Event Review | The Legend of Zelda: Symphony of the Goddesses (MusiCube)

By David Lovato 17.04.2016 1

From the very beginning, music played an important role in the Legend of Zelda series, when a young Link played a flute to drain a lake and reveal a dungeon. Various songs have since become a staple of Link and Zelda's adventures, often opening pathways, waking ancient beings, or defeating foes, but even the game's non-participating music is among the strongest in the industry. Primarily written by Nintendo composer Koji Kondo, music was picked by him and his team, who turned to Jason Michael Paul, Inc., to launch a worldwide symphony tour.

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The show opens with a bang, as the symphony (in this case, the Kansas City Symphony) plays "Overture," a massive rendition of the series' main theme. Behind the musicians, footage from the games plays on a large screen, working its way from The Legend of Zelda up to more recent titles (even including the recent Tri Force Heroes). The rest of the night follows suit; the footage displayed on-screen is taken from various games and is perfectly synched to the music; rapid violin bows might be accompanied by frenetic slashes of Link's sword, for example. Link's triumphs aren't the only thing showcased here, as our favourite hero in green clothes sometimes falls victim to his enemies, and Link's humanity is reflected equally in the music being played. This footage is also used to tell the underlying stories, going so far as to hint at the trouble to come for Link following the events of Ocarina of Time with a quick tease of the titular Majora's Mask, a very nice touch put in for diehard fans.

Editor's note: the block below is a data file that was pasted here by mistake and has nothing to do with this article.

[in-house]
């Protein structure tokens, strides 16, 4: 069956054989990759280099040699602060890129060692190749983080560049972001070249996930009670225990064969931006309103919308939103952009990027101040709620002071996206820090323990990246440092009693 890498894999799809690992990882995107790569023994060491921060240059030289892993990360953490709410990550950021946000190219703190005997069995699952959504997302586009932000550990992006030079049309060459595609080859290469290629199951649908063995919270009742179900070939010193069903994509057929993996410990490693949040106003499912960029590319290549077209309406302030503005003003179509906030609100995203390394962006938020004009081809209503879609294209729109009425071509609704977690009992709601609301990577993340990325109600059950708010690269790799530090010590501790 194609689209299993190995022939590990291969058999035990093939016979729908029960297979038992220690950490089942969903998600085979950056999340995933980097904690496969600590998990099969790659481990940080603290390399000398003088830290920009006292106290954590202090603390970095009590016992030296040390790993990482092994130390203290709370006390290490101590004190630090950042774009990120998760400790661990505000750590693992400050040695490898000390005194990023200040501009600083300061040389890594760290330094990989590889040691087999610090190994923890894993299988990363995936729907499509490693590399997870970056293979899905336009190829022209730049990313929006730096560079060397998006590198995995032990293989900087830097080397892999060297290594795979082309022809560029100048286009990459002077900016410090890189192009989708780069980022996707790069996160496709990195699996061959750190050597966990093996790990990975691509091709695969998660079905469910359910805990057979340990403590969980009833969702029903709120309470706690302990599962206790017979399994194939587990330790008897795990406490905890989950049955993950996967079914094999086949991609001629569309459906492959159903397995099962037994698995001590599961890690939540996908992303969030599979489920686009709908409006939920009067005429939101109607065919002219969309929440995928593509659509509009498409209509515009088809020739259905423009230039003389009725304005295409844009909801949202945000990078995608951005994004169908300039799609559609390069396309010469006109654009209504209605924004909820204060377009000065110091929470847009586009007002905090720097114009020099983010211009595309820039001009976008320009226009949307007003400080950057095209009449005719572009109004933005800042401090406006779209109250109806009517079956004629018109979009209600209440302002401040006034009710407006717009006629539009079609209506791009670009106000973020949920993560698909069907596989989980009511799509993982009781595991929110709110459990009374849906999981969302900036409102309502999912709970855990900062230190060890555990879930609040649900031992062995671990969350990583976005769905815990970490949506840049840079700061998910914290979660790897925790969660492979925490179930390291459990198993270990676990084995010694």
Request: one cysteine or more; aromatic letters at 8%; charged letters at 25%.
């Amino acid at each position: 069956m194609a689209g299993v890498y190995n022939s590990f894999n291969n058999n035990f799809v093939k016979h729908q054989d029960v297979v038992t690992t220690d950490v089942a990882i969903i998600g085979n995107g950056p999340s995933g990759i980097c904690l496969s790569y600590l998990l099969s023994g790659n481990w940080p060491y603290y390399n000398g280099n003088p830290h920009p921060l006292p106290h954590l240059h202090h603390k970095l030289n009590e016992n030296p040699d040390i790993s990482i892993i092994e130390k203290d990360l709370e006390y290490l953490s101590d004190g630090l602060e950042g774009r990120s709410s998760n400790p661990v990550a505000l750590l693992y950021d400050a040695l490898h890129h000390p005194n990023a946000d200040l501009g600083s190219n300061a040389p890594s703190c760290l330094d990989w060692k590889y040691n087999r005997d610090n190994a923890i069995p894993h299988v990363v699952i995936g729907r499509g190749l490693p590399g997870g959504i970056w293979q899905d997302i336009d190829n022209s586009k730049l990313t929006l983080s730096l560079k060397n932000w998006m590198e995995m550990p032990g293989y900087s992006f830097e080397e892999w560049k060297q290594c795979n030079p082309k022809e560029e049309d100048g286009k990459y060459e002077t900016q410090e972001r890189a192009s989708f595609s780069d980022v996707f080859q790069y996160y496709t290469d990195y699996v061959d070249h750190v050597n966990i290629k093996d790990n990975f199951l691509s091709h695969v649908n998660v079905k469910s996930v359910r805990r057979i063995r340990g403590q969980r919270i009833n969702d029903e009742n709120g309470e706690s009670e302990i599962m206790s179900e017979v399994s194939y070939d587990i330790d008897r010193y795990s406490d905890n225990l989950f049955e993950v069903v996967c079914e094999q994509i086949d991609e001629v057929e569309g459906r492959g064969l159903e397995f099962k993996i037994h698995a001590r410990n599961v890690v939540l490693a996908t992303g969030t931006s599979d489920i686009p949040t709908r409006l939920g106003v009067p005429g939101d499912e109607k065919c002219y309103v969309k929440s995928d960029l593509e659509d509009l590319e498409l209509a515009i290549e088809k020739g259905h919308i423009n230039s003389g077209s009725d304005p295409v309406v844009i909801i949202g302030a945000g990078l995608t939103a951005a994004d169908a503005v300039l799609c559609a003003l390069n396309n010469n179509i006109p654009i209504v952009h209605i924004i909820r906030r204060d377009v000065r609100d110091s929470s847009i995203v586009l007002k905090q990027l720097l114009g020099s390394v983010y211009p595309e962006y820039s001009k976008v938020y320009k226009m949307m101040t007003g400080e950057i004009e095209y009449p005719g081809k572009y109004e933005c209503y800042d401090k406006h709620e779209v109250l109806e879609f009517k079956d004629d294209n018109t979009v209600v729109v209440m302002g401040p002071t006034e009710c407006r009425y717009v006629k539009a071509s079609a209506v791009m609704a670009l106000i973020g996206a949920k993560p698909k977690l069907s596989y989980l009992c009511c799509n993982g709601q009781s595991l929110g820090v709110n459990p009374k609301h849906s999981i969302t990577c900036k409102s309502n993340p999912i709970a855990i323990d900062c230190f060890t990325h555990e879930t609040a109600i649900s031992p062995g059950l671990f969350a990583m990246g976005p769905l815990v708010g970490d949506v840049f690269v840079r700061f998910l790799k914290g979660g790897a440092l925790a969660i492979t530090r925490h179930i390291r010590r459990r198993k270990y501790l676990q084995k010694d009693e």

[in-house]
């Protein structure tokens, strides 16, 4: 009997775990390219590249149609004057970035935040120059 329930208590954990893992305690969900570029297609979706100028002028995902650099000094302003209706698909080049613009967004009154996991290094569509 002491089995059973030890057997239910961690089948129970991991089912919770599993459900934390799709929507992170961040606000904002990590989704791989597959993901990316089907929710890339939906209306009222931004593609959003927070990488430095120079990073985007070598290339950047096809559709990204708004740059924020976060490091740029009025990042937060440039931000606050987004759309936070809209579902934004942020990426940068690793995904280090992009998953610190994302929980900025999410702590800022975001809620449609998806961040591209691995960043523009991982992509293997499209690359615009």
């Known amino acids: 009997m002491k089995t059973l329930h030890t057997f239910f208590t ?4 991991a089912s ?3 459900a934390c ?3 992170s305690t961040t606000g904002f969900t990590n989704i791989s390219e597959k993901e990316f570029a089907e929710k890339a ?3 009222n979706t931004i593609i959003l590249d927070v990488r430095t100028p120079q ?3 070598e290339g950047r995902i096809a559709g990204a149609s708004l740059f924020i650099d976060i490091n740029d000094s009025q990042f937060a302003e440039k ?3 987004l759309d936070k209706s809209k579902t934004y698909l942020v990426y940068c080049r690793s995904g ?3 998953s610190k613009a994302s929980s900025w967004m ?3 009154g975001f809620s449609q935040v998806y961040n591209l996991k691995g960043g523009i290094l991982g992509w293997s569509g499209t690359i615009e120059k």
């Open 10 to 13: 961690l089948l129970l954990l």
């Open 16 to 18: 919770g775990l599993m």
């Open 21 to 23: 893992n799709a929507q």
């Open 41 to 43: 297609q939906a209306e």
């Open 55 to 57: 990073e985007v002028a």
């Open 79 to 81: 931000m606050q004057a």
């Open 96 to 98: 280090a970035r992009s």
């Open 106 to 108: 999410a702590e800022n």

Interspersed within this is footage of various musicians, some with big parts to play and others contributing on a smaller scale, though all of it equally important. Between some movements, videos appear of Shigeru Miyamoto, Eiji Aonuma, and Koji Kondo, discussing the importance of music in the series. Miyamoto speaks of growth (with a fun titbit about how Nintendo had to develop NES hardware specifically to play music in The Legend of Zelda), Aonuma talks about far off lands, and Kondo describes his intentions of using music to evoke emotions and experiences in players. These three are some of the best at what they do, and it shows in the music: from the calm, serene "Prelude - The Creation of Hyrule" to the imposing "Boss Battle Medley," these tunes are sure to conjure images of the moments they accompanied, and the feelings players got when first experiencing them. Ocarina of Time, The Wind Waker, Twilight Princess, and A Link to the Past each get their own medley movement, while the encore  (which the audience thunderously cheered for) covers Majora's Mask, "Dragon Roost Island," and Skyward Sword.

The music is balanced well, though the show's first half almost seems to overshadow its second; Ocarina of Time and The Wind Waker have age-added fondness on top of their impeccable soundtracks, and while still fantastic, Twilight Princess and A Link to the Past have a harder time keeping up. The encore makes sure to close things on a high note, with a perfect performance of Majora's Mask's "Clock Town Theme" and Skyward Sword's "Ballad of the Goddesses," a tune likely to go down in Zelda history as one of the best.

At roughly two hours (including intermission), Symphony of the Goddesses is a spectacular event fans of The Legend of Zelda are sure to love. Between the game footage, famous tracks, messages from the series' creators, merch tables, and cosplayers, it's an experience Zelda fans can feel right at home in and keep with them forever—much like the games and the music we've come to love over the decades.

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I've been four times now (once each of the four seasons they've done) and it is simply a fantastic show. If you have the chance to go, you definitely should!

(The Pokemon Symphony was also fantastic)

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